I really did not want anything to do with the final presidential debate; frankly these debates are starting to make me rage. Of course circumstances put me in a situation where I ended up listening to parts of the last debate and catching the running commentary on twitter.

The debates are simply good theater, the candidates are putting on a show for us and since most Americans are too busy to actually read/research the candidates we look to the debates to tell us all we need to know about the candidates. The funny thing, is that the debates and the entire election season with the campaigning and the billions of dollars being spent to one up the competition, shows us just how not exceptional we are as a nation despite this belief we hold that we are an exceptional nation.

I will take Obama any day over Romney, but that doesn’t mean I am jumping with joy because the truth is presidents for all the power they hold are essentially Cheerleaders in Chief. As this recent piece in the New York Times covers, no one who wants to truly make deep, systemic changes in this country is going to be elected and if they do, they will learn real soon, that we as a nation only like surface change. To create change is to acknowledge publicly that we have problems and when you think America is the “hope of the world” it can be hard to admit that the only thing we are excelling at these days locking up our citizens. Yep, America is the winner in the “Race to the Cell”.

For those of us who work with the most vulnerable among us, there is a growing sense of frustration as we see that poverty in this nation has changed. The face of poverty has changed and it looks more and more like us. Our smartphones and cars may hide those facts and the stiff upper lipped American way of keeping our financial lives private, hides a great deal. Ask any social service provider what they are seeing and they will tell you, that today’s client in need is just as likely to be a college educated person with no easily solvable problems and a solid work history as the stereotypical single mother with no education. It’s just easier to have the appearance of still being financially stable when we who are experiencing the economic downturn personally, still have the accoutrements and trappings from our formerly middle class lives. It also doesn’t hurt that many of us and I include myself since in recent years I have struggled financially are reluctant to share our business and talk about how bad things have gotten for us.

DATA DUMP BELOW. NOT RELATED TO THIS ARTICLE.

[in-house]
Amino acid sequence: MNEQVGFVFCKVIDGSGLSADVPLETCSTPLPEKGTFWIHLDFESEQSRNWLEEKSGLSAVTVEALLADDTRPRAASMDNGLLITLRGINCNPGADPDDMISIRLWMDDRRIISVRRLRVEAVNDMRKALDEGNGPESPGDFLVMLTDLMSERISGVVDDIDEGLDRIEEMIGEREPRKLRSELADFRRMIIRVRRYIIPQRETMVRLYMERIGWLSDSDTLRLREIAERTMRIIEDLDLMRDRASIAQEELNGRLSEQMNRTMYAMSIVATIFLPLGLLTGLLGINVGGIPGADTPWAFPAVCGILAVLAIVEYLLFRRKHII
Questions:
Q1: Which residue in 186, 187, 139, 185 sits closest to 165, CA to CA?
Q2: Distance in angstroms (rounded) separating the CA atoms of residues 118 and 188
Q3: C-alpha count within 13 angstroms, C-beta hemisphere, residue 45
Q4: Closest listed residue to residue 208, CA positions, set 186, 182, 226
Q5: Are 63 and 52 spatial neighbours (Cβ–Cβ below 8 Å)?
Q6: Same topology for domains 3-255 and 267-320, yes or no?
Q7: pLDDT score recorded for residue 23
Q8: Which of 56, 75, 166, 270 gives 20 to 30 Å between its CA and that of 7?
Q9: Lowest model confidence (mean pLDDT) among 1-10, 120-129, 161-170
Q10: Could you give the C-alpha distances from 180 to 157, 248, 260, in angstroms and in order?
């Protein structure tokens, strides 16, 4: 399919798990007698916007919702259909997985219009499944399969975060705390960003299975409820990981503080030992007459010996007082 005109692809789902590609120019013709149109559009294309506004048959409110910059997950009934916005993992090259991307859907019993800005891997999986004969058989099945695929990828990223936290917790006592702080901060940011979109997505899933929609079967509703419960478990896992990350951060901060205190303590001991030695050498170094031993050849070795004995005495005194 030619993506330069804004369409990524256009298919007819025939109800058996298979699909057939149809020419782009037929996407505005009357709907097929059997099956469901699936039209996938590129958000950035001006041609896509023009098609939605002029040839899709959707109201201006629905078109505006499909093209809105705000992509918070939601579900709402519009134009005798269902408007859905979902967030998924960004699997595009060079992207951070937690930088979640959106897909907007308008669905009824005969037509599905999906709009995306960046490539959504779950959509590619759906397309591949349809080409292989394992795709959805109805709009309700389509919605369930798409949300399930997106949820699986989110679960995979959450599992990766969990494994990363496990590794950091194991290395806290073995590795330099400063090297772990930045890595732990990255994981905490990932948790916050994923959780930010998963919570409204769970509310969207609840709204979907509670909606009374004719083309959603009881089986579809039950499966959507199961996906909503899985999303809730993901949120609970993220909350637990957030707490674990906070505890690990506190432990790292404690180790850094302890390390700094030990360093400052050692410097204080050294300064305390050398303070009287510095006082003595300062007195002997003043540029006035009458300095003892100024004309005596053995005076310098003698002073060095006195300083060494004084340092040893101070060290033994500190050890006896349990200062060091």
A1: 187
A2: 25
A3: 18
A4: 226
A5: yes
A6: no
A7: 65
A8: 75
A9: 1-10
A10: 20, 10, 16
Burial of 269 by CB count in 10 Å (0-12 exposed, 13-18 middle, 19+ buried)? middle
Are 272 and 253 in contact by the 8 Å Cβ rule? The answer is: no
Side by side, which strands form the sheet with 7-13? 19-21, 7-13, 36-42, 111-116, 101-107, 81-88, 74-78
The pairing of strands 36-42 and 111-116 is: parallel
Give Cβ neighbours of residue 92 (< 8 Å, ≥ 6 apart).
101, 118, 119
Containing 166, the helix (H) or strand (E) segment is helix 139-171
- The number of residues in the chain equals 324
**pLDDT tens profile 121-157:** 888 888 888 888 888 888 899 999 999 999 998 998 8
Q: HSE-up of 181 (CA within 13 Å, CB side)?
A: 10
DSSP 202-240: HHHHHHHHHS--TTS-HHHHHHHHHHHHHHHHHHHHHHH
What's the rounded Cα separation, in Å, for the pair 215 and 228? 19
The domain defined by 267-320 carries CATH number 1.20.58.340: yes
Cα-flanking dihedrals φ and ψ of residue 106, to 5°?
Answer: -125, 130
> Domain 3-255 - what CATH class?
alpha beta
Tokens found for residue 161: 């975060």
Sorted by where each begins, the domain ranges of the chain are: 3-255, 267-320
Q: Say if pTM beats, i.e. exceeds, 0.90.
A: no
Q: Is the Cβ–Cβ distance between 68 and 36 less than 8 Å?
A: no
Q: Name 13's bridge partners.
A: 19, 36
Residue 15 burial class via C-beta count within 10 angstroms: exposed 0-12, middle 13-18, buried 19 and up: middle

To some degree we have no one to blame but ourselves when we see politicians not discussing the issues that affect the millions who struggle daily to keep a roof over their heads and food on the table. After all why would politicians want to discuss those issues when we ourselves can barely admit to family and friends that we have hit hard times? Yet in a nation that is sinking, we need to talk, and talk often on these issues.

Child poverty is a very real issue in this country; I see it every day at my job. Child poverty is the only reason I have a job at the moment. Out of the 35 most economically advantaged nations, America and her exceptional self, ranks number 34 in child poverty. That means you see child poverty too but don’t notice it because we expect child poverty to be a black, brown or tan face in a third world country. However ask any school teacher in America and they will tell you what child poverty looks like because they see it in the classroom. It’s Suzie who comes to school and has a bellyache every morning, because she is not getting enough to eat and her parents are too pride filled with American exceptional-ism to fill out the paperwork that would officially label them needy so that Suzie can actually have a full belly and focus at school. Instead we say Suzie has attention deficit issues, which is easier to acknowledge than the fact that Suzie is going hungry in a nation of plenty.  Ask Suzie how exceptional America is when at a tender young age she knows food is not a given. I see American exceptional-ism every day at my center when the same group of kids is more eager to eat the snack then to play in a fun activity after school. Not too damn exceptional if you ask me.

Our infant mortality rates are horrid for such an exceptional nation and social mobility here is a myth compared to most of Europe, Canada and Australia. Yet half of America is looking at Mitt Romney and his “success” and despite the fact that Mitt Romney and Paul Ryan have no fucks to give for the little guy, they will vote for these guys because the Horatio Alger myth is deeply ingrained in our psyche. This belief that hard work will turn us into millionaires is the lie we tell ourselves because we can’t handle the truth.

The problem with avoiding the real discussion on how unexceptional America and what our real issues are is that we keep putting a patch on the roof when really what is needed is a new roof. Eventually the patch job will fail and when it does, it is taking the whole damn house with it.